Locals mingle with planners to determine ways to revive the neighborhood
Last Saturday, local residents danced, ate and socialized at the Metropolitan College of New York on East 149th Street, while celebrating the beginning of a project to bring underused public spaces back to life in the neighborhood.
As the Upbeat NYC band played a lively jazz set, residents exchanged ideas about how the community can benefit from the plan, with representatives of grassroots group South Bronx Unite and the not-for-profit Design Trust for Public Space. Last July Design Trust selected a proposal by South Bronx Unite from a pool of contestants citywide, for its idea of making areas in Mott Haven and Port Morris accessible to the public for recreational and educational purposes. The organization will lend its expertise in helping to make that idea become a reality.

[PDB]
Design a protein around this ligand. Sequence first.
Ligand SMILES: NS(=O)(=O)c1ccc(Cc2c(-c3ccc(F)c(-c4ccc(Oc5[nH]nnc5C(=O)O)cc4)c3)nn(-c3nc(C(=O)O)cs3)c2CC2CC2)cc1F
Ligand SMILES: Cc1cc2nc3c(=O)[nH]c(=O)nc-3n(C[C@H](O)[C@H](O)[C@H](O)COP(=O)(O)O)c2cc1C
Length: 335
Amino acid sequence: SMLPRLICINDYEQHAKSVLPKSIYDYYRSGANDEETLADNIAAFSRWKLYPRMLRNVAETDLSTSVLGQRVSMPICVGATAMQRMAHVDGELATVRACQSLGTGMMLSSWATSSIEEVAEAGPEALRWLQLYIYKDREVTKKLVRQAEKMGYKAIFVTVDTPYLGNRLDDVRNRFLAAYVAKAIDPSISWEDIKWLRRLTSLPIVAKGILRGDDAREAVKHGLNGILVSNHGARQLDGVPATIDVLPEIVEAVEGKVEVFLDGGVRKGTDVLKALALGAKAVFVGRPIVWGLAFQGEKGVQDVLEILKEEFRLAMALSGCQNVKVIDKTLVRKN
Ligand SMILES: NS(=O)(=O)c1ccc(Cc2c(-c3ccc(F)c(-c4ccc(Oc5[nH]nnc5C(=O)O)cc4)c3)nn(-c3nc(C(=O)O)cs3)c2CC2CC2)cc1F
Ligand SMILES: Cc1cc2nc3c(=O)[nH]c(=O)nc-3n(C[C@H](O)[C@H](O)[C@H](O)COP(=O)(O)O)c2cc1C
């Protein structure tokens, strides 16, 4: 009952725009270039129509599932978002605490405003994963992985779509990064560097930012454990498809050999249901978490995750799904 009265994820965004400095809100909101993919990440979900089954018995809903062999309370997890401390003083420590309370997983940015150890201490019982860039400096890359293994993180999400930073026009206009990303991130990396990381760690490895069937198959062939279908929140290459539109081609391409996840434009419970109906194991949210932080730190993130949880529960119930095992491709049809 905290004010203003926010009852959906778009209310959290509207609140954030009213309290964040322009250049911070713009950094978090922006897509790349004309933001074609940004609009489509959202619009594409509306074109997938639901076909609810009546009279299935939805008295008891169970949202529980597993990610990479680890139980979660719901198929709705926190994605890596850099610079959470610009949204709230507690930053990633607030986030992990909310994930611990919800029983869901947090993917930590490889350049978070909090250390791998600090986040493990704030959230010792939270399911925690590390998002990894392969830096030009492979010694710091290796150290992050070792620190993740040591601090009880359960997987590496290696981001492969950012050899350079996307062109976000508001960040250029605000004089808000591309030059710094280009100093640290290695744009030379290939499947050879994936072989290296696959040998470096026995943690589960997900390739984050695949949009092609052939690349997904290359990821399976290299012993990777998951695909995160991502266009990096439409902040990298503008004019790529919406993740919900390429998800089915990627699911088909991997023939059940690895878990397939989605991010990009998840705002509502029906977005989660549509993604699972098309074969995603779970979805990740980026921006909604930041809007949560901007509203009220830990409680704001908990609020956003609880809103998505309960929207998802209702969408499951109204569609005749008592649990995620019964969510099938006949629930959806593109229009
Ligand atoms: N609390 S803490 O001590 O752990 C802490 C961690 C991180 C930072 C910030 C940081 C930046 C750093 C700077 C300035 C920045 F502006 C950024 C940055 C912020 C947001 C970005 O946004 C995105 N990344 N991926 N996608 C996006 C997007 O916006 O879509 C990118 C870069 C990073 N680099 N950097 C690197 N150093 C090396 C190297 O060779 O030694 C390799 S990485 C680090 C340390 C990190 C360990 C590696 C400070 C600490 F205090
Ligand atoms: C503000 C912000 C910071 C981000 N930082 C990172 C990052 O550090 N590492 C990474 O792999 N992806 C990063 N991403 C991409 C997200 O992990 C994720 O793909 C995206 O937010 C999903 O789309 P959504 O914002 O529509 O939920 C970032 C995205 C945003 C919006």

“This is an answer and a call to the hyper real estate speculation that’s been happening in the neighborhood,” said South Bronx Unite spokesman Mychal Johnson.
In the coming year, architects and activists will map out the community’s needs to help determine how public land can be put to best use for the benefit of those who live and work in the area. The public is encouraged to take part in that planning process, which includes creating a mapping tool to help rally the community around the plan.
“We are not swooping in,” Design Trust Executive Director Susan Chin said. “We’re here to find out what the community needs.”
South Bronx Unite has announced that it hopes to convert a vacant city-owned building on E. 140th Street into the H.E.A.R.T.S Community Center, which stands for health, education and the arts, as a key part of the initiative.